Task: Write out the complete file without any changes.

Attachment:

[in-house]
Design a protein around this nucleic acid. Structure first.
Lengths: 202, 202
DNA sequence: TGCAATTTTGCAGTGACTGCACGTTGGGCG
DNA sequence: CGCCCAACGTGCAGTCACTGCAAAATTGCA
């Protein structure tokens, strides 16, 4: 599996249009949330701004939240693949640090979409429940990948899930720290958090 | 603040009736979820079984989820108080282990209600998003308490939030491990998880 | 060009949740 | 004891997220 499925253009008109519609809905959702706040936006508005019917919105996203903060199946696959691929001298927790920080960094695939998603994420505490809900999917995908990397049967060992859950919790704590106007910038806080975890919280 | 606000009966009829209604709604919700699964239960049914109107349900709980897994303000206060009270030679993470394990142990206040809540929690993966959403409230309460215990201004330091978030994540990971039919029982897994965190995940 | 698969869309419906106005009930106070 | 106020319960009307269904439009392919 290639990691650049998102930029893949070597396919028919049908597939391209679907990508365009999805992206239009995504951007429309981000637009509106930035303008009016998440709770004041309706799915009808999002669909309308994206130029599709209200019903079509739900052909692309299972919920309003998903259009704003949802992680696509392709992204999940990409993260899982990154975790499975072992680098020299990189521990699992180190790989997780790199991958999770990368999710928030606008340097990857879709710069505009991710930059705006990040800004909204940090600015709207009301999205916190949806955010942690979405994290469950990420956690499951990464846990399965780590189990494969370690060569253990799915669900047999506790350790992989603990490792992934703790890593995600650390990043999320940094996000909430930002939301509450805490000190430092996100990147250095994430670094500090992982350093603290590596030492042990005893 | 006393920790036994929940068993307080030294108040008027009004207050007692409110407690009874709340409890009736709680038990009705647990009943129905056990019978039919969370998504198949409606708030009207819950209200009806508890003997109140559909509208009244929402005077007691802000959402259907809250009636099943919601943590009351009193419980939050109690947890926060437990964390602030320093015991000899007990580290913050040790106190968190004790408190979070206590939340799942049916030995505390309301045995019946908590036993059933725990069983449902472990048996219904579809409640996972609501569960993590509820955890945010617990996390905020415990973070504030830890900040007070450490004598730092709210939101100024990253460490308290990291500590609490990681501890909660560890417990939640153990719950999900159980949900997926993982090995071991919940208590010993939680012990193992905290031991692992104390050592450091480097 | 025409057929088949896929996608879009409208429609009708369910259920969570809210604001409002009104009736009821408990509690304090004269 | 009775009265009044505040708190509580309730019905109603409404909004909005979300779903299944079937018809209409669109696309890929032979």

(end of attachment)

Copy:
[in-house]
Design a protein around this nucleic acid. Structure first.
Lengths: 202, 202
DNA sequence: TGCAATTTTGCAGTGACTGCACGTTGGGCG
DNA sequence: CGCCCAACGTGCAGTCACTGCAAAATTGCA
């Protein structure tokens, strides 16, 4: 599996249009949330701004939240693949640090979409429940990948899930720290958090 | 603040009736979820079984989820108080282990209600998003308490939030491990998880 | 060009949740 | 004891997220 499925253009008109519609809905959702706040936006508005019917919105996203903060199946696959691929001298927790920080960094695939998603994420505490809900999917995908990397049967060992859950919790704590106007910038806080975890919280 | 606000009966009829209604709604919700699964239960049914109107349900709980897994303000206060009270030679993470394990142990206040809540929690993966959403409230309460215990201004330091978030994540990971039919029982897994965190995940 | 698969869309419906106005009930106070 | 106020319960009307269904439009392919 290639990691650049998102930029893949070597396919028919049908597939391209679907990508365009999805992206239009995504951007429309981000637009509106930035303008009016998440709770004041309706799915009808999002669909309308994206130029599709209200019903079509739900052909692309299972919920309003998903259009704003949802992680696509392709992204999940990409993260899982990154975790499975072992680098020299990189521990699992180190790989997780790199991958999770990368999710928030606008340097990857879709710069505009991710930059705006990040800004909204940090600015709207009301999205916190949806955010942690979405994290469950990420956690499951990464846990399965780590189990494969370690060569253990799915669900047999506790350790992989603990490792992934703790890593995600650390990043999320940094996000909430930002939301509450805490000190430092996100990147250095994430670094500090992982350093603290590596030492042990005893 | 006393920790036994929940068993307080030294108040008027009004207050007692409110407690009874709340409890009736709680038990009705647990009943129905056990019978039919969370998504198949409606708030009207819950209200009806508890003997109140559909509208009244929402005077007691802000959402259907809250009636099943919601943590009351009193419980939050109690947890926060437990964390602030320093015991000899007990580290913050040790106190968190004790408190979070206590939340799942049916030995505390309301045995019946908590036993059933725990069983449902472990048996219904579809409640996972609501569960993590509820955890945010617990996390905020415990973070504030830890900040007070450490004598730092709210939101100024990253460490308290990291500590609490990681501890909660560890417990939640153990719950999900159980949900997926993982090995071991919940208590010993939680012990193992905290031991692992104390050592450091480097 | 025409057929088949896929996608879009409208429609009708369910259920969570809210604001409002009104009736009821408990509690304090004269 | 009775009265009044505040708190509580309730019905109603409404909004909005979300779903299944079937018809209409669109696309890929032979």